“Day to day, for women in Afghanistan, Taliban are a big threat to them. I don’t care about the Taliban. My God is with me.”
Female Cadets Signal Slow Change in Afghan Police Force
Now, a two-parter that left me shaking my head...
One thing many service members can agree on, whether they risk life and limb daily in remote combat outposts or rarely leave built-up bases, is that the regular presence of a friendly dog or cat can boost morale tremendously. It's even more crucial for the former, since the dogs "adopted" by troops often detect deadly danger out of service to their masters, and the cats can control rodent populations of inviting FOBs. Even in Kabul, regularly feeding my Casper and her brother gave me something to look forward to each day, as I often wrote -- and leaving them was bittersweet, especially just as she had given birth to a litter. The scene described below is absolutely heartwarming, bringing me back to that bond and giving me even greater respect for the true dogs of war who willingly sacrifice their safety for the warriors who take them in.
Afghanistan dogs joyfully reunite with US military members at JFK airport.
The irony here is that only a few days ago, our Department of Defense (through the Army and the Marine Corps) made it even more official that no contact with animals is permitted over there, due to the death of a U.S. Army soldier who'd earlier contracted rabies. The policy was already in place, it was just loosely enforced in many spots due to the aforementioned tradeoffs of keeping pets. My feeling is that while his death was tragic, it was avoidable, and the knee-jerk reaction will cause more harm than good. These dogs obviously provide desperately needed love and support to their adopters. Just get freakin' tested and re-tested if you get bitten or suspect any other transmitted illness. A little leadership can enforce that.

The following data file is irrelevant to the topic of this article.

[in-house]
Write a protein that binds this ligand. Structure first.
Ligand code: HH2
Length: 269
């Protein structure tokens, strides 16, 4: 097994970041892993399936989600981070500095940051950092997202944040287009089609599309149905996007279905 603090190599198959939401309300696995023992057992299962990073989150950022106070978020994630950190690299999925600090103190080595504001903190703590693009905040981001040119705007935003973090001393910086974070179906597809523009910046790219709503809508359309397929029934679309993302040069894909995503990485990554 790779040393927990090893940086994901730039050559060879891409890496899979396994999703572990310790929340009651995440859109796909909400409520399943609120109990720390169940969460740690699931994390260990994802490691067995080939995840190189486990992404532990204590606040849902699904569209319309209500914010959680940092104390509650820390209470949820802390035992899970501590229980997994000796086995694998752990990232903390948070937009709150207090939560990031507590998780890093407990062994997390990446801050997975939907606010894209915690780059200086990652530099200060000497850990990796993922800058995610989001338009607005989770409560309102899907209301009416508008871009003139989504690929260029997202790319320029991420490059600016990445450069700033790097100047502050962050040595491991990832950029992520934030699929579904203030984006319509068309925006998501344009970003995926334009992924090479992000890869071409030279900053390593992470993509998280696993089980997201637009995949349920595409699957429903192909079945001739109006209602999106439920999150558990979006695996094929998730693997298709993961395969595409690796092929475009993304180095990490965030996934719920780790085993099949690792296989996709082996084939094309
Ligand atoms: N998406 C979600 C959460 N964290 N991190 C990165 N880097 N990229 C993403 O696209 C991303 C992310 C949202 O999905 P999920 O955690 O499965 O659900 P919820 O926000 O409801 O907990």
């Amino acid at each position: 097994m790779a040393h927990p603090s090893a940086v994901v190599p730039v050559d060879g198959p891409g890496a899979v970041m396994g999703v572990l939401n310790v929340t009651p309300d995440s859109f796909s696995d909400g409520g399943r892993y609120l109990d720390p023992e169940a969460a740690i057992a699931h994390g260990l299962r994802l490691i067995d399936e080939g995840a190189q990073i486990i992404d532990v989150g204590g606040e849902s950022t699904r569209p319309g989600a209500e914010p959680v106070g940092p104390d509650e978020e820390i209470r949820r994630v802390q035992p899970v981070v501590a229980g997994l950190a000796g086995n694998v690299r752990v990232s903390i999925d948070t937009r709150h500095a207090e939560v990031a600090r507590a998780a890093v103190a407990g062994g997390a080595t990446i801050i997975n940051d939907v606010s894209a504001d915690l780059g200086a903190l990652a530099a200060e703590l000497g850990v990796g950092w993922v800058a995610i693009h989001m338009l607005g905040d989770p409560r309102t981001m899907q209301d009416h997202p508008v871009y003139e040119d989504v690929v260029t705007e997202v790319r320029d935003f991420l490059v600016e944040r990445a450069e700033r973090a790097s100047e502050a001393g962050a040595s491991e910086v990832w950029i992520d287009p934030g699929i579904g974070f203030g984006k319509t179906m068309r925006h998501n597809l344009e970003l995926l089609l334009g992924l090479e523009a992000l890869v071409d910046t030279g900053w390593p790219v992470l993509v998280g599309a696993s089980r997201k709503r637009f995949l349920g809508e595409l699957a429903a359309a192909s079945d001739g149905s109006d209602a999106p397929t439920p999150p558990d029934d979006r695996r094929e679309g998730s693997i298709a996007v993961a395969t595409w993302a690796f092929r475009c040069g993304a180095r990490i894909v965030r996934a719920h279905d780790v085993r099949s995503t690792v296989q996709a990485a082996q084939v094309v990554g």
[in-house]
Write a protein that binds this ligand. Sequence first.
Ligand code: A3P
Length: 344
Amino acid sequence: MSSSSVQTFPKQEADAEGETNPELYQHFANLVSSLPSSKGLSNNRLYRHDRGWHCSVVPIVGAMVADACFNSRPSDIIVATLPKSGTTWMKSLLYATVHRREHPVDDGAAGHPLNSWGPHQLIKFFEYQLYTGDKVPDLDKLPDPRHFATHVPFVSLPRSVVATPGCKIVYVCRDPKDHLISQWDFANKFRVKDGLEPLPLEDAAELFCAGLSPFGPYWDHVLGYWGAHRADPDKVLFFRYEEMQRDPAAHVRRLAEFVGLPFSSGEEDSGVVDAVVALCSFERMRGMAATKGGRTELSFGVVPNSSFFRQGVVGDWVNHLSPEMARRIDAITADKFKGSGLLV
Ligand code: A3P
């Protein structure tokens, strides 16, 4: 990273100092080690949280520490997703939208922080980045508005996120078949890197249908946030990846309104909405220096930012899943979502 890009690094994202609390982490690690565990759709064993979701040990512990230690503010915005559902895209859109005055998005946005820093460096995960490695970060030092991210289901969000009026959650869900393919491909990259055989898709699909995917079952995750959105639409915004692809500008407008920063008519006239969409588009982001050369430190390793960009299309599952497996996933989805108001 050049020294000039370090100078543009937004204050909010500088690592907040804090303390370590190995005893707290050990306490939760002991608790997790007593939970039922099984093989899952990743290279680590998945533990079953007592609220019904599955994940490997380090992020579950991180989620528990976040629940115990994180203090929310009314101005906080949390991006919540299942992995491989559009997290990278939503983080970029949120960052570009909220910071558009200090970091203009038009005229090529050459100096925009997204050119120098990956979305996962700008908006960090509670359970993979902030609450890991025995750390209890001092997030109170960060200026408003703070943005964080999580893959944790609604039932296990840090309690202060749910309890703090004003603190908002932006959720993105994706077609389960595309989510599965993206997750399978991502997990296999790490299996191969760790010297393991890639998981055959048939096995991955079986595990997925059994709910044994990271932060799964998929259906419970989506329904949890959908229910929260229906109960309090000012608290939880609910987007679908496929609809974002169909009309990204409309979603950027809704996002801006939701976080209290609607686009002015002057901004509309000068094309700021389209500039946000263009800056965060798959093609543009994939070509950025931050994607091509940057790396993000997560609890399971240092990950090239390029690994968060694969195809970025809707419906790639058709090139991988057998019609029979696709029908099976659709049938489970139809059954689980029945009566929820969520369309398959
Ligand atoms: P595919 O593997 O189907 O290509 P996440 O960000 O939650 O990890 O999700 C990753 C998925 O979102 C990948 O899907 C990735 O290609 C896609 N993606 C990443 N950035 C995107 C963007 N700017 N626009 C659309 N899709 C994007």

Rabies death leads DoD to crack down on pets.
I offer one final item. I'd caution against interpreting it as anything more than it is (and surveys are notoriously unreliable especially in Afghanistan), but it represents hope -- maybe significant hope -- that the people will resist a return to Taliban rule in the future.
"A survey released Tuesday by the San Francisco-based Asia Foundation and funded in part by the U.S. government found that 82 percent of Afghan adults back reconciliation and reintegration efforts with insurgent groups. However, it said that the number of people who said they sympathized with the aims of Taliban had dropped to 29 percent compared with 40 percent last year and 56 percent in 2009."
AP photo / Musadeq Sadeq, via Time.com
Afghan elders worry U.S. may leave too soon.
Once again, incidentally, the only noteworthy coverage of the traditional Loya Jirga currently taking place in Kabul is of the failed rocket attack two days ago. Failed being the operative word there. One errantly struck a market a half-mile away, wounding one, and the other was even farther from the mark. While news is news, wouldn't it be more responsible of the press to report half as stridently on what's taking place inside the tent, and maybe of the strategic context in which it's taking place?